This document was released by the First Presidency during President Heber J. Grant’s tenure. It is essentially an updated version of the more famous essay “The Origin of Man.” Ultimately, Heber J. Grant came to declare that the following was the Church’s stance on Evolution:
Upon the fundamental doctrines of the Church we are all agreed. Our mission is to bear the message of the restored gospel to the world. Leave geology, biology, archaeology, and anthropology, no one of which has to do with the salvation of the souls of mankind, to scientific research, while we magnify our calling in the realm of the Church….
Upon one thing we should all be able to agree, namely, that Presidents Joseph F. Smith, John R. Winder, and Anthon H. Lund were right when they said: ‘Adam is the primal parent of our race.’
Without further ado, here is the treatise itself:
“God created man in his own image, in the image of God created he him; male and female created he them.”
In these plain and pointed words the inspired author of the book of Genesis made known to the world the truth concerning the origin of the human family. Moses, the prophet-historian, who was “learned” we are told, “in all the wisdom of the Egyptians,” when making this important announcement, was not voicing a mere opinion. He was speaking as the mouthpiece of God, and his solemn declaration was for all time and for all people. No subsequent revelator of the truth has contradicted the great leader and law-giver of Israel. All who have since spoken by divine authority upon this theme have confirmed his simple and sublime proclamation. Nor could it be otherwise. Truth has but one source, and all revelations from heaven are harmonious one with the other.
Jesus Christ, the Son of God, is “the express image” of his Father’s person (Hebrews 1:3). He walked the earth as a human being, as a perfect man, and said, in answer to a question put to him: “He that hath seen me hath seen the Father” (John 14:9). This alone ought to solve the problem to the satisfaction of every thoughtful, reverent mind. It was in this form that the Father and the Son, as two distinct personages, appeared to Joseph Smith, when, as a boy of fourteen years, he received his first vision.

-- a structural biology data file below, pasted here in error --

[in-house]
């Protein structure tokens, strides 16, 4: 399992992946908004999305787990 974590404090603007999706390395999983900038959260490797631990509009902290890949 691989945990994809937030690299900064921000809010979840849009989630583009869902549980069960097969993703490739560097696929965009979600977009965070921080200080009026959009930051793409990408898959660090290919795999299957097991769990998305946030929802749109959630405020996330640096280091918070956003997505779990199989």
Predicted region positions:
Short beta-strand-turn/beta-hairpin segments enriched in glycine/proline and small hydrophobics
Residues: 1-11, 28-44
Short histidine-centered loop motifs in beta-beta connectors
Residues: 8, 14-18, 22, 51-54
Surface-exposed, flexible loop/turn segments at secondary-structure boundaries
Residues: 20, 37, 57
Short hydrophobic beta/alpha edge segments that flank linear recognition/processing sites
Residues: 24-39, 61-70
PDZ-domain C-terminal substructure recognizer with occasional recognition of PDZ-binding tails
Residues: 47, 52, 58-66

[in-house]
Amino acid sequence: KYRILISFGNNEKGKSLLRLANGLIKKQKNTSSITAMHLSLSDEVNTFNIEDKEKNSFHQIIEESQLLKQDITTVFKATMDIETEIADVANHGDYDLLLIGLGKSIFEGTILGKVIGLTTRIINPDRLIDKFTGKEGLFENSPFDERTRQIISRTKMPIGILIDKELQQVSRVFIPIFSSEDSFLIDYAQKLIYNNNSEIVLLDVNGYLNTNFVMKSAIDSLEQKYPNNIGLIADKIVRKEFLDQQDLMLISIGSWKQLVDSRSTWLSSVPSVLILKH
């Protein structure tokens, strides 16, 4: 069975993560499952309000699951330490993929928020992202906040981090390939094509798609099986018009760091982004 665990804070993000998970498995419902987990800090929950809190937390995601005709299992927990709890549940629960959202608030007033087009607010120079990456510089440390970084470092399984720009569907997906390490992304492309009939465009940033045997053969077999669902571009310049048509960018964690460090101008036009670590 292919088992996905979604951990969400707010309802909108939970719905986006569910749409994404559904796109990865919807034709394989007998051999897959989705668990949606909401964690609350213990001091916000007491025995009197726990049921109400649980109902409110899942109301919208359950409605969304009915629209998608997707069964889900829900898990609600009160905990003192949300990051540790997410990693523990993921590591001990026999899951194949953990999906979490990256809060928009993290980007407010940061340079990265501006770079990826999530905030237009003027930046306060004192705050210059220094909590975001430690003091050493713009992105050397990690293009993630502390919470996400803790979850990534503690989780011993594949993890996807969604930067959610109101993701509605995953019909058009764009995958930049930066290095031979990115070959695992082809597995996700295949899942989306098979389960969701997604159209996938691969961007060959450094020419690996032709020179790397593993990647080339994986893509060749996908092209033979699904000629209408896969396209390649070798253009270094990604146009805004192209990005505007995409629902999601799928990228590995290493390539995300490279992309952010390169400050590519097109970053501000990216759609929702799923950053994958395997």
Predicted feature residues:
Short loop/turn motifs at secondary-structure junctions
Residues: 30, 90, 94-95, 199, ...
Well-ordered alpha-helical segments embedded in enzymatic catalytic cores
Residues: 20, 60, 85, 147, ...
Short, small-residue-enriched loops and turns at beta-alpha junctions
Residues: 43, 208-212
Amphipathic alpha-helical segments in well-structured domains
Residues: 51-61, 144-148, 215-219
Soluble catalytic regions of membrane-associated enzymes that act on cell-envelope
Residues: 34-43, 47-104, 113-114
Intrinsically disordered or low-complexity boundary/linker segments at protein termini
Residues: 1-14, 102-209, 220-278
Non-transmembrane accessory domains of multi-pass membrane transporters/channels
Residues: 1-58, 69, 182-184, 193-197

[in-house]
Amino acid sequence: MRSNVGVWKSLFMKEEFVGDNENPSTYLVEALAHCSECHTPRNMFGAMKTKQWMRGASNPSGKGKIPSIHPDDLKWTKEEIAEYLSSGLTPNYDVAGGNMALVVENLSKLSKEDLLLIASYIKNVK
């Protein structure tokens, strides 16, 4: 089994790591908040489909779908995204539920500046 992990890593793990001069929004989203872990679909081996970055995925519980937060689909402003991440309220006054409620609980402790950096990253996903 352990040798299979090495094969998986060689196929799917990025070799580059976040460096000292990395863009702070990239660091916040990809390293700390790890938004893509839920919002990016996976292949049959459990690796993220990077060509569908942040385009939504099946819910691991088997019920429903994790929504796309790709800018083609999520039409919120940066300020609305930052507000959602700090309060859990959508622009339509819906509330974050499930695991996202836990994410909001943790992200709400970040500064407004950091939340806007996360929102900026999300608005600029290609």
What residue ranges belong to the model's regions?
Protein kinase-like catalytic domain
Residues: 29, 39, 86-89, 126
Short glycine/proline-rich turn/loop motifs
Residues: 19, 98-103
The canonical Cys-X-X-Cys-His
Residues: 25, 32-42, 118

The Father of Jesus Christ is our Father also. Jesus himself taught this truth, when he instructed his disciples how to pray: “Our Father which art in heaven,” etc. Jesus, however, is the first born among all the sons of God—the first begotten in the spirit, and the only begotten in the flesh. He is our elder brother, and we, like him, are in the image of God. All men and women are in the similitude of the universal Father and Mother, and are literally sons and daughters of Deity.
Adam, our great progenitor, “the first man,” was, like Christ, a pre-existent spirit, and, like Christ, he took upon him an appropriate body, the body of a man, and so became a “living soul.” The doctrine of pre-existence pours wonderful flood of light upon the otherwise mysterious problem of man’s origin. It shows that man, as a spirit, was begotten and born of heavenly parents, and reared to maturity in the eternal mansions of the Father, prior to coming upon the earth in a temporal body to undergo an experience in mortality.
The Church of Jesus Christ of Latter-day Saints, basing its belief [p.1091] on divine revelation, ancient and modern, proclaims man to be the direct and lineal offspring of Deity. By his Almighty power God organized the earth, and all that it contains, from spirit and element, which exist co-eternally with himself.
Man is the child of God, formed in the divine image and endowed with divine attributes, and even as the infant son of an earthly father and mother is capable in due time of becoming a man, so the undeveloped offspring of celestial parentage is capable, by experience through ages and æons, of evolving into a God.
Heber J. Grant,
Anthony W. Ivins,
Charles W. Nibley,
Heber J. Grant, Anthony W. Ivins, Charles W. Nibley, “`Mormon’ View of Evolution,” Improvement Era, 28, no. 11 (September 1925): 1090-1091.
 First Presidency Minutes, Apr. 7, 1931